Facebook Stories Are Simply Evil [Allegedly].

It is not uncommon for large tech companies to 'borrow' or buy their way into new capabilities - and social media networks are no different.

stories-iphoneThis week, Facebook announced a Stories feature that includes a visual collection of photos or videos atop the News Feed. The Stories are shown for 24 hours and won't appear on the person's Timeline or News Feed unless they post them there. Sound familiar? According to Facebook, "The Instagram community has shown us that it can be fun to share things that disappear..."

It is this statement that should worry your startup -- you know the company with innovative ideas and an emerging audience of people who buy into those ideas -- because if this was the playground, we'd all point and chant that Facebook's pants are on fire.

See, Facebook reportedly tried to buy Snapchat for $3 billion in cash several years ago. It clearly understood the startup's potential in that people may want a way to quickly share a photo or video to select people without it going on their 'permanent record' and it likely recognized that its diminishing teen audience was flocking there (on their mobile devices), growing weary of posting to where their grandparents now socialize. And, in case you missed the memo, Facebook bought Instagram around the same time for $1 billion. Snapchat is the one that got away, so Facebook took the liberty of borrowing a few things.

bunnyMarried to Instagram, Facebook introduced a Stories feature on Instagram last year - and you guessed it, it was a copycat version of what made Snapchat so popular, its Stories feature. You know what else makes Snapchat Stories so popular? Its filters that put doggy ears on babies, allow users to swap faces with a friend and turn one into a dancing bunny (a topic this author has researched thoroughly). 

Wouldn't you know, Facebook announced its own camera for app users "packed with dozens of effects like masks, frames and interactive filters that you can apply to your photos and videos. Reactive effects let you interact with dynamic objects - like falling snow - and style effects apply an artistic filter to your video in real time, letting you turn your everyday selfie into a Picasso-style work of art."

Get out. At least other software companies make it less obvious when they 'borrow' ideas from startups. With an unthinkable amount of lawyers at its disposable, we're not questioning the legality of what Facebook is doing. If you can though, should you?

It is unlikely the average audience member will give more than a passing thought to Facebook trying to resemble Snapchat or previously, Facebook resembling Foursquare, Yelp or Craigslist. Similar to Instagram Stories, it is unlikely that avid Snapchat users will leave the network to start posting ephemeral messages to Facebook because users themselves have found a way to filter who sees what (without the help of privacy controls) by posting to different networks, with different pre-selected friends or family. When those they don't want to see their content get added to a network (like older generations), they simply leave for the next one.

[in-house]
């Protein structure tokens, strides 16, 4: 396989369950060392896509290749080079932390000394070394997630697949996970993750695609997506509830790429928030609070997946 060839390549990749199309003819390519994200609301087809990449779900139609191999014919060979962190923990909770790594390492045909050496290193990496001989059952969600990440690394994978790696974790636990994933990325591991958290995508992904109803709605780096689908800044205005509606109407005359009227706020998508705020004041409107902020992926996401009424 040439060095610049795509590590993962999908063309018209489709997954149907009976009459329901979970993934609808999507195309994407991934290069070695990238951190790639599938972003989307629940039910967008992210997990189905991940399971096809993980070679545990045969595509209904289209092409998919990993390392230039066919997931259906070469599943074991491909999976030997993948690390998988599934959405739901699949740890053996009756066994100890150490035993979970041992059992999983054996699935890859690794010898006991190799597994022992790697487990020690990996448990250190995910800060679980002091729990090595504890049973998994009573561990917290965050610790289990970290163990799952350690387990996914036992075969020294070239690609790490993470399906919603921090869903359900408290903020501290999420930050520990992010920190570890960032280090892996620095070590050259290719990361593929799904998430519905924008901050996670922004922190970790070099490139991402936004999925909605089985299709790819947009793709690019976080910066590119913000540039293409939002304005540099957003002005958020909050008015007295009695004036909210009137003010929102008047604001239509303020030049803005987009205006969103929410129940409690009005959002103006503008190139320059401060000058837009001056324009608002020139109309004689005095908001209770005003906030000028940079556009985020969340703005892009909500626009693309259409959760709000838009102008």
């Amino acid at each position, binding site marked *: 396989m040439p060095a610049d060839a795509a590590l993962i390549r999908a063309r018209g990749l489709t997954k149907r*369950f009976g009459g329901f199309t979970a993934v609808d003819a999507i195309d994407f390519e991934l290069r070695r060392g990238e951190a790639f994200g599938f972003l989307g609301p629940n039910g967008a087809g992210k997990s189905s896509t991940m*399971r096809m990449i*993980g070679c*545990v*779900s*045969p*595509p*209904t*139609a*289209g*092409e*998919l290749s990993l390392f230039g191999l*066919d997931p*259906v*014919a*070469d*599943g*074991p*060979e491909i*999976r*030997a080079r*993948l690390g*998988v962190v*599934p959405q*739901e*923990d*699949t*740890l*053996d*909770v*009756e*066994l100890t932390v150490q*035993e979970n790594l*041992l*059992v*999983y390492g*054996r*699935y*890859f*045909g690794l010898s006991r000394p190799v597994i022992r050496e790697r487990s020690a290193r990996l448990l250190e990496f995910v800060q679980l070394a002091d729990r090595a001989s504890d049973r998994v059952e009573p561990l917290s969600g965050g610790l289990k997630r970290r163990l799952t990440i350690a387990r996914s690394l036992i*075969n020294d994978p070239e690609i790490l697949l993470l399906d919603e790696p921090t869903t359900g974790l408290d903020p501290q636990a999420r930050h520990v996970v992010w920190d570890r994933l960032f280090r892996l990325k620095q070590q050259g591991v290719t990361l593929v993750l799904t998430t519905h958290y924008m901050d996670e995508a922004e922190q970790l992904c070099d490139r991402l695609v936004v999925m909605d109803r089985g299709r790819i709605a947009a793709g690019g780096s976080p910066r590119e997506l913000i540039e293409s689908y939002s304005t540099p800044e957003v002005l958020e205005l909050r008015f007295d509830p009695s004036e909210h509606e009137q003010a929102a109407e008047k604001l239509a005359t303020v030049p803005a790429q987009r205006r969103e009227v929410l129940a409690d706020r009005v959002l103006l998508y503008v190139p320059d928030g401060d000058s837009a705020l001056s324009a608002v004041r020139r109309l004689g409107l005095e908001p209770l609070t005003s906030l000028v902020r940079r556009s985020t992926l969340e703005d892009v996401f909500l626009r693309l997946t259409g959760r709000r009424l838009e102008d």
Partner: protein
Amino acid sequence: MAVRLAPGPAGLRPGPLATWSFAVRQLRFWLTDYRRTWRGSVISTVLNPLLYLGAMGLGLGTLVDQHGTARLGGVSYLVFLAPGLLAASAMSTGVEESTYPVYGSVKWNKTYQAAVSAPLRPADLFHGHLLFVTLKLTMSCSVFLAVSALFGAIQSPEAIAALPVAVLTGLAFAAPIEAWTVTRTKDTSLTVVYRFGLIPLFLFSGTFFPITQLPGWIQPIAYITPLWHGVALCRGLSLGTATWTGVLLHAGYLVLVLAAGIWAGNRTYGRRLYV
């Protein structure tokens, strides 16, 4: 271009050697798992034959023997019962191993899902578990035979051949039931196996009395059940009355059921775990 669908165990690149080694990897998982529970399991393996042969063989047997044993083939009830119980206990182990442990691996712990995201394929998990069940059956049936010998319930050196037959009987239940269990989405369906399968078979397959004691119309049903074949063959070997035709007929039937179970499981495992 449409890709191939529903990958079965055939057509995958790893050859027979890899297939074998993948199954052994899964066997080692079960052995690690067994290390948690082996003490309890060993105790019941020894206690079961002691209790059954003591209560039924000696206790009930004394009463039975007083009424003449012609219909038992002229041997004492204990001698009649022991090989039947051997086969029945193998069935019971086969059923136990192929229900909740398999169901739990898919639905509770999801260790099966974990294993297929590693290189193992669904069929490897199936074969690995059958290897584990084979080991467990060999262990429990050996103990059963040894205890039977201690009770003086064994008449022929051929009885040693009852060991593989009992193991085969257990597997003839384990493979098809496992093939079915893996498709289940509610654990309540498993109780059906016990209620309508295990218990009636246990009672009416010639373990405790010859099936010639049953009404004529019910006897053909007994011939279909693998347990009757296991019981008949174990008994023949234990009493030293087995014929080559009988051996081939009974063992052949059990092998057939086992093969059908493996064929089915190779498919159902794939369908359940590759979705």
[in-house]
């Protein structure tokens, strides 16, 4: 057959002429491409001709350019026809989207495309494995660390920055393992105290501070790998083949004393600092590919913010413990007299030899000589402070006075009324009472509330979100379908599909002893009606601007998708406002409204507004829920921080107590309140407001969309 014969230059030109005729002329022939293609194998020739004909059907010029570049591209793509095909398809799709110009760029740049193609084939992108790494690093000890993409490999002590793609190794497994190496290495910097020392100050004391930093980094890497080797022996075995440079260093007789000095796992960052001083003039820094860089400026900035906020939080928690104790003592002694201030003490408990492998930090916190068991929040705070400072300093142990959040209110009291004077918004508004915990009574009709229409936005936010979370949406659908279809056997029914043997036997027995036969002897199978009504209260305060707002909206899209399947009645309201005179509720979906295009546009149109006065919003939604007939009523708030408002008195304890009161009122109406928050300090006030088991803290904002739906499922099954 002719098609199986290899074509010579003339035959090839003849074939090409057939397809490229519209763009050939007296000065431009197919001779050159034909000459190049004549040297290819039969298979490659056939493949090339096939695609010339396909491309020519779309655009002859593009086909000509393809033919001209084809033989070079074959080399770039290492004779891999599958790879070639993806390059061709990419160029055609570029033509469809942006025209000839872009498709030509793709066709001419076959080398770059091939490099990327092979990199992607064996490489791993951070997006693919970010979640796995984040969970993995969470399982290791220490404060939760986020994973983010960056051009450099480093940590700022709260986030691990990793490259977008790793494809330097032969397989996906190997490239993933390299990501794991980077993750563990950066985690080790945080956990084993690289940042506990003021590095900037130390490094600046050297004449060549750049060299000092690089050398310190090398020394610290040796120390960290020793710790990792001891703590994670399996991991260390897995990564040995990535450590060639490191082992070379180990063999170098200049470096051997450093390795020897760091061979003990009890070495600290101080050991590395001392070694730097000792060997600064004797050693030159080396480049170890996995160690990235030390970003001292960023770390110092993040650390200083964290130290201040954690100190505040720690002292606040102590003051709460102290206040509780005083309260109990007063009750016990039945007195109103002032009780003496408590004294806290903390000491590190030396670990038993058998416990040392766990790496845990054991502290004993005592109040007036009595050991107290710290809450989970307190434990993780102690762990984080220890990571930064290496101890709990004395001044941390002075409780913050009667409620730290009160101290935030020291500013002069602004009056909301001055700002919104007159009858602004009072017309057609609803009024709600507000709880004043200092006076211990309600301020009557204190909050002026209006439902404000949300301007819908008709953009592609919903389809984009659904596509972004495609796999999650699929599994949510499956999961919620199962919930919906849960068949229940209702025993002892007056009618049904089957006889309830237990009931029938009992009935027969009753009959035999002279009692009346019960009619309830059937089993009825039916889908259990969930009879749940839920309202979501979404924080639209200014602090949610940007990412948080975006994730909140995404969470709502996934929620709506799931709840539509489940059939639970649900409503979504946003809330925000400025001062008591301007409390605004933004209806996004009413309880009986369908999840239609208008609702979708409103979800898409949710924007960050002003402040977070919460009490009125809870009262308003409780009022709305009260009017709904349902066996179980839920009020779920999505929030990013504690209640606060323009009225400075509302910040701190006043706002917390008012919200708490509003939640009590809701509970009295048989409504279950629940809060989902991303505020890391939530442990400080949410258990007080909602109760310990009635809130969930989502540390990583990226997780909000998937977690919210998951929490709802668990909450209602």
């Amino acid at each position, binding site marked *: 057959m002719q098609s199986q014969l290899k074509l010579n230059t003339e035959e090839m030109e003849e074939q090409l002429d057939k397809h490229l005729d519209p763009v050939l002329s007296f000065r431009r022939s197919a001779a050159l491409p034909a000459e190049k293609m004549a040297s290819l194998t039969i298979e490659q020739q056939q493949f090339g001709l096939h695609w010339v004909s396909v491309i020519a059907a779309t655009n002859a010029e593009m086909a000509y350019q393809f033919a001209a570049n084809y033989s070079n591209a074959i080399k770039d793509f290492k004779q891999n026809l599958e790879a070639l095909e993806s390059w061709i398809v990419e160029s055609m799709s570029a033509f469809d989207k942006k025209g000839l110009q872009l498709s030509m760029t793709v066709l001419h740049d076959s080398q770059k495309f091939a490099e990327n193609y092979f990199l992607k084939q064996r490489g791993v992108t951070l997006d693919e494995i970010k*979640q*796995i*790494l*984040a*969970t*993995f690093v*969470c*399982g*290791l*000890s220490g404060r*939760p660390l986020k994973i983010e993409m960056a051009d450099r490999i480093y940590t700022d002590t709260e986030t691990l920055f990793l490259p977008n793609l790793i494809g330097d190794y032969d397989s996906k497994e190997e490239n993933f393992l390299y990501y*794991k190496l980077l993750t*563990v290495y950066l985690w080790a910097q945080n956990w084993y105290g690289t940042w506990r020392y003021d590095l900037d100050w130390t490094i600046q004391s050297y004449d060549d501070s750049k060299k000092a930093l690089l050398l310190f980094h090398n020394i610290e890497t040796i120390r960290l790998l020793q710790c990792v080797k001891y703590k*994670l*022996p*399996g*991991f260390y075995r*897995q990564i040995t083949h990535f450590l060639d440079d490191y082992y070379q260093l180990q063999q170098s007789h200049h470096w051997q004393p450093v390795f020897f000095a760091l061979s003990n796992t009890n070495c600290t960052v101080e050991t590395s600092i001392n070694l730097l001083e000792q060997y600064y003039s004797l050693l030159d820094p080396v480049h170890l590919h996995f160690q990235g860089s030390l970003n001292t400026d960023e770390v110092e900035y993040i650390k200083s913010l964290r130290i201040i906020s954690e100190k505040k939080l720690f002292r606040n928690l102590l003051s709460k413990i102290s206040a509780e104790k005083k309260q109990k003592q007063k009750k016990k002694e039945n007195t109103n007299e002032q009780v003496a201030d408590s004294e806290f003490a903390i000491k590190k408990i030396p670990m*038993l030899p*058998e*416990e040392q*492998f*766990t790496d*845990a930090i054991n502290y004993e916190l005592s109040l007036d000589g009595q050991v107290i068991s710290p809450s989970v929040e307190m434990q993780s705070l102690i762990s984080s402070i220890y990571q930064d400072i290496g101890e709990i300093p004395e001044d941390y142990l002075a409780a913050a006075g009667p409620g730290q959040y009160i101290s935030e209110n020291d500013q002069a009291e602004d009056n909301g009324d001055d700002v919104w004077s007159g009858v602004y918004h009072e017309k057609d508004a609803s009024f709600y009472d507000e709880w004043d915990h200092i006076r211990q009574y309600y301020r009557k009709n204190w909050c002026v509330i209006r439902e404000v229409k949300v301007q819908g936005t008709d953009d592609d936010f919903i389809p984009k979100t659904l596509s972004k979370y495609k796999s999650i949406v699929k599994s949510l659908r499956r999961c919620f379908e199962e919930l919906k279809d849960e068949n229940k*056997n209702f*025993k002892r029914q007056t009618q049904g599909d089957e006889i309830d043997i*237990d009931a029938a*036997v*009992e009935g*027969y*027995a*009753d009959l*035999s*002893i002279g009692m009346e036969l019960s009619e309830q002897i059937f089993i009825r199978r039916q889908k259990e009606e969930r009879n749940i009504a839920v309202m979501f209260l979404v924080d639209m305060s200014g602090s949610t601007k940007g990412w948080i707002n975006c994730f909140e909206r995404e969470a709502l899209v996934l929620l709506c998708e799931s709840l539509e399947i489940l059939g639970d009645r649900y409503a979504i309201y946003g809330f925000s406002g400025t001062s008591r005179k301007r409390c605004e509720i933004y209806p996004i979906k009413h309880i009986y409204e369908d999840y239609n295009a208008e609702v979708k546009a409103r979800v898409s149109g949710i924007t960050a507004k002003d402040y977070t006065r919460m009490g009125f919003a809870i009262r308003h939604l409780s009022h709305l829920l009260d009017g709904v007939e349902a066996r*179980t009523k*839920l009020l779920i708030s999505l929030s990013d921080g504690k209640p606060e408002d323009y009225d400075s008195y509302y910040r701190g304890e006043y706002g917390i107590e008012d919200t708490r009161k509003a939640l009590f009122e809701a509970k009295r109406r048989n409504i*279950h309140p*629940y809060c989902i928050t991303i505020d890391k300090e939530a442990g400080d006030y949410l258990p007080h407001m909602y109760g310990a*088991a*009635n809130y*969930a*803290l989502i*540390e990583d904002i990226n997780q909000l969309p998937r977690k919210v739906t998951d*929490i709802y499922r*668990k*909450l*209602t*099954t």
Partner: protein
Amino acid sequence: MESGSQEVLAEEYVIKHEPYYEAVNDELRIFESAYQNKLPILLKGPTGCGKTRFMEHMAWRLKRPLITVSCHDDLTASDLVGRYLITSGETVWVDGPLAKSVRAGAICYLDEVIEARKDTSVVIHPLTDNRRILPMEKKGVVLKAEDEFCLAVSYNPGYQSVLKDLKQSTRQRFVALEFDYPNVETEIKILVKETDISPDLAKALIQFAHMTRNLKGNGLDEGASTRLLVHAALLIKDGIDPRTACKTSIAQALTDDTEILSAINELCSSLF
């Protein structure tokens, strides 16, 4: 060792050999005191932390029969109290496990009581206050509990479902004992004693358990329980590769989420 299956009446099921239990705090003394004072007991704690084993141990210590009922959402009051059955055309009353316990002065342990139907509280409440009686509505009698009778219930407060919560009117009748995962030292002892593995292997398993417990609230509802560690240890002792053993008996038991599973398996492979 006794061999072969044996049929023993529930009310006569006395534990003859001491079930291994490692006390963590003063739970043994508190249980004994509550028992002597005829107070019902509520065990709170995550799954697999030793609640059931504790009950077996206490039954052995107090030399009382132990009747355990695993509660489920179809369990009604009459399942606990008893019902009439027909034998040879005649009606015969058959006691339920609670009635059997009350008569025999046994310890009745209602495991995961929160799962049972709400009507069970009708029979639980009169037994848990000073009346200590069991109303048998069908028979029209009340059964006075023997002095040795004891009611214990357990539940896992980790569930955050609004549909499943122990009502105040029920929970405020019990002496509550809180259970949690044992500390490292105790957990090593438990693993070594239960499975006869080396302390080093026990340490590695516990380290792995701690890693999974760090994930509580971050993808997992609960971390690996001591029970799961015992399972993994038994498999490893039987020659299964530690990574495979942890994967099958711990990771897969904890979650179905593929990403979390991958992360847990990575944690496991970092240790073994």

It doesn't, however, make what Facebook is doing less evil from an ideas 'sharing' perspective. Startups in Silicon Valley often find themselves out of business when larger companies do what they are trying to do, better, by incorporating the functionality into larger software suites.

Similarly, everyone carries on. The same will be true of Facebook Stories and filters, but it still needs to be stated. 

As for what to do from here, marketers have a very effective channel at their disposal. We've reported before on how well influencer marketing and employee advocacy programs work for social because people would rather hear from people like them rather than brands directly. Empowering employees to post to Stories from events, their desk, the break room or wherever their workday takes them can expose their followers to what it is their employer does, for better recruiting and sales.

As for influencer marketing, Instagram Stories has a plethora of new tools at influencers' disposal, like the ability to add links so that followers can shop a look. It is likely only a matter of time before that functionality is added to Facebook Stories since Facebook has long tried to make social commerce work on the network.

It's unverified whether Pages can currently use Facebook Stories. As an admin for Website Magazine's Page, it does not appear to be the case...yet. It seems that the way for brands to work with Stories currently is to sponsor a filter (available for select partners at the moment), in the same way Snapchat Stories does. When (if they aren't already) opened to Pages, Facebook Stories may give brands a temporary boost in organic reach when combined with regular posts (similar to Instagram). Since we can imagine that Facebook Stories and Instagram Stories will have many of the same qualities, we recommend following this point-of-view article with a more tip-based piece, " The 4 I's of Instagram Stories."